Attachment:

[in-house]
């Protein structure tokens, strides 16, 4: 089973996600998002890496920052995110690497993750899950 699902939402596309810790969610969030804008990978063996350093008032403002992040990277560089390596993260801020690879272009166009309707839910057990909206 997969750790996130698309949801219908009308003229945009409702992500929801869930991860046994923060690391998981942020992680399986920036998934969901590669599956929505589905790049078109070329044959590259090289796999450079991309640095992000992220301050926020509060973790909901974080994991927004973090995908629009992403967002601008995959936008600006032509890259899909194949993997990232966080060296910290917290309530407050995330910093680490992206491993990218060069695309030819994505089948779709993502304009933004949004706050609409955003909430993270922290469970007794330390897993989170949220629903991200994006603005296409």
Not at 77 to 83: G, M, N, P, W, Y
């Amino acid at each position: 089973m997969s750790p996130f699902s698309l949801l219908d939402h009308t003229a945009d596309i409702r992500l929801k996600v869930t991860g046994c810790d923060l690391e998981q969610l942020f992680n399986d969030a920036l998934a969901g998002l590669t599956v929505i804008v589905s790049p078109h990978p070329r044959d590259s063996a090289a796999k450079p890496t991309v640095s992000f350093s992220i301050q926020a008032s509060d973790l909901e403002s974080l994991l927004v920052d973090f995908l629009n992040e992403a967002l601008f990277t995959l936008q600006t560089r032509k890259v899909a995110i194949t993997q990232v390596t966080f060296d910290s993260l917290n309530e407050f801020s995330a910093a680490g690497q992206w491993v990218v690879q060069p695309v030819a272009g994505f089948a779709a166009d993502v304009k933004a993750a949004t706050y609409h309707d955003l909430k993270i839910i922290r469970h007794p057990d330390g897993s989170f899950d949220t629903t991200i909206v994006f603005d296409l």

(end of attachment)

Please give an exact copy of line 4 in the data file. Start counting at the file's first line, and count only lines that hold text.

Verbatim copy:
């Amino acid at each position: 089973m997969s750790p996130f699902s698309l949801l219908d939402h009308t003229a945009d596309i409702r992500l929801k996600v869930t991860g046994c810790d923060l690391e998981q969610l942020f992680n399986d969030a920036l998934a969901g998002l590669t599956v929505i804008v589905s790049p078109h990978p070329r044959d590259s063996a090289a796999k450079p890496t991309v640095s992000f350093s992220i301050q926020a008032s509060d973790l909901e403002s974080l994991l927004v920052d973090f995908l629009n992040e992403a967002l601008f990277t995959l936008q600006t560089r032509k890259v899909a995110i194949t993997q990232v390596t966080f060296d910290s993260l917290n309530e407050f801020s995330a910093a680490g690497q992206w491993v990218v690879q060069p695309v030819a272009g994505f089948a779709a166009d993502v304009k933004a993750a949004t706050y609409h309707d955003l909430k993270i839910i922290r469970h007794p057990d330390g897993s989170f899950d949220t629903t991200i909206v994006f603005d296409l």